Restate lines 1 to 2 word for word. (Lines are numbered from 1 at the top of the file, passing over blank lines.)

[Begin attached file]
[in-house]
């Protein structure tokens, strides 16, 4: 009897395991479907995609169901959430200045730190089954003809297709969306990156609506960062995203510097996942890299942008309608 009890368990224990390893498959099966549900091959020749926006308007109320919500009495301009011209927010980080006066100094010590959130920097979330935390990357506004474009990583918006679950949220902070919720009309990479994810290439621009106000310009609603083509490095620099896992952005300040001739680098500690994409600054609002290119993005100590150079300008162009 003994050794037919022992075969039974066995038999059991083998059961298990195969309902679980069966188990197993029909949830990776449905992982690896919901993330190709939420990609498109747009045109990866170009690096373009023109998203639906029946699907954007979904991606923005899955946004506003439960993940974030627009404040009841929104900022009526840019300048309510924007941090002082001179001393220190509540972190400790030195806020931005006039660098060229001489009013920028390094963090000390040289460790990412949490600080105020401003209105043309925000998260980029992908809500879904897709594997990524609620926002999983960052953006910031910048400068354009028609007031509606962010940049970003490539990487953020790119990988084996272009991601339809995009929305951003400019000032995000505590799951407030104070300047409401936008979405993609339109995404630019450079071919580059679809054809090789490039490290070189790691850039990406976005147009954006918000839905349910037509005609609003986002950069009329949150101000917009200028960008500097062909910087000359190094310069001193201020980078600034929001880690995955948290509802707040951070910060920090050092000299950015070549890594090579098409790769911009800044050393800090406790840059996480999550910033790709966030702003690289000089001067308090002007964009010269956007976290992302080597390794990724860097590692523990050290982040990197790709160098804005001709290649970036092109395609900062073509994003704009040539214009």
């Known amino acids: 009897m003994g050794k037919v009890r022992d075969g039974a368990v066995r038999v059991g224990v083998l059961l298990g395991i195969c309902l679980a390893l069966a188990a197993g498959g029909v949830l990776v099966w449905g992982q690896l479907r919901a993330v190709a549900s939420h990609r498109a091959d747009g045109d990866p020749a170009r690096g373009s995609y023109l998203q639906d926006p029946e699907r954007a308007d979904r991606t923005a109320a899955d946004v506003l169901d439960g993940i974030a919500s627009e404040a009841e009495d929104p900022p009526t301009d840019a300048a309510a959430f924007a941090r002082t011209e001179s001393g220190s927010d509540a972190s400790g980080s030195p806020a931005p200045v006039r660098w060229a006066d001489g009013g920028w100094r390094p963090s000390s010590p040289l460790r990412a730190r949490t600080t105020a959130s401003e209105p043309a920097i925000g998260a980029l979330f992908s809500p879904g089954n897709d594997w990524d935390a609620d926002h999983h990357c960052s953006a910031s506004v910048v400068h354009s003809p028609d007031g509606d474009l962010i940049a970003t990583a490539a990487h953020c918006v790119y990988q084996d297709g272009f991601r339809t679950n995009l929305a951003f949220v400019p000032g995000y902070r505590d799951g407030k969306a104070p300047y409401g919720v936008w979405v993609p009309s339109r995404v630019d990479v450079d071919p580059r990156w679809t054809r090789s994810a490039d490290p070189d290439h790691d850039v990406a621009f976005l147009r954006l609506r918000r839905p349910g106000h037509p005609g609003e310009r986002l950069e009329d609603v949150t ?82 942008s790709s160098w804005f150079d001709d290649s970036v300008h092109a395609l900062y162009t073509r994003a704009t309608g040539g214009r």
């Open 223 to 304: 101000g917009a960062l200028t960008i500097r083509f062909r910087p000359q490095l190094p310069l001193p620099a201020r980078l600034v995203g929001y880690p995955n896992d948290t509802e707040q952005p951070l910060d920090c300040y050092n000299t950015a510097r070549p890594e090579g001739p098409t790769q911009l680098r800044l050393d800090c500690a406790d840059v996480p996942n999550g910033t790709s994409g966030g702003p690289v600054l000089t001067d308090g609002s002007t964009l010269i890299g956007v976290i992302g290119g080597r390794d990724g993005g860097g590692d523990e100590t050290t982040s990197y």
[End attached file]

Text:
[in-house]
């Protein structure tokens, strides 16, 4: 009897395991479907995609169901959430200045730190089954003809297709969306990156609506960062995203510097996942890299942008309608 009890368990224990390893498959099966549900091959020749926006308007109320919500009495301009011209927010980080006066100094010590959130920097979330935390990357506004474009990583918006679950949220902070919720009309990479994810290439621009106000310009609603083509490095620099896992952005300040001739680098500690994409600054609002290119993005100590150079300008162009 003994050794037919022992075969039974066995038999059991083998059961298990195969309902679980069966188990197993029909949830990776449905992982690896919901993330190709939420990609498109747009045109990866170009690096373009023109998203639906029946699907954007979904991606923005899955946004506003439960993940974030627009404040009841929104900022009526840019300048309510924007941090002082001179001393220190509540972190400790030195806020931005006039660098060229001489009013920028390094963090000390040289460790990412949490600080105020401003209105043309925000998260980029992908809500879904897709594997990524609620926002999983960052953006910031910048400068354009028609007031509606962010940049970003490539990487953020790119990988084996272009991601339809995009929305951003400019000032995000505590799951407030104070300047409401936008979405993609339109995404630019450079071919580059679809054809090789490039490290070189790691850039990406976005147009954006918000839905349910037509005609609003986002950069009329949150101000917009200028960008500097062909910087000359190094310069001193201020980078600034929001880690995955948290509802707040951070910060920090050092000299950015070549890594090579098409790769911009800044050393800090406790840059996480999550910033790709966030702003690289000089001067308090002007964009010269956007976290992302080597390794990724860097590692523990050290982040990197790709160098804005001709290649970036092109395609900062073509994003704009040539214009």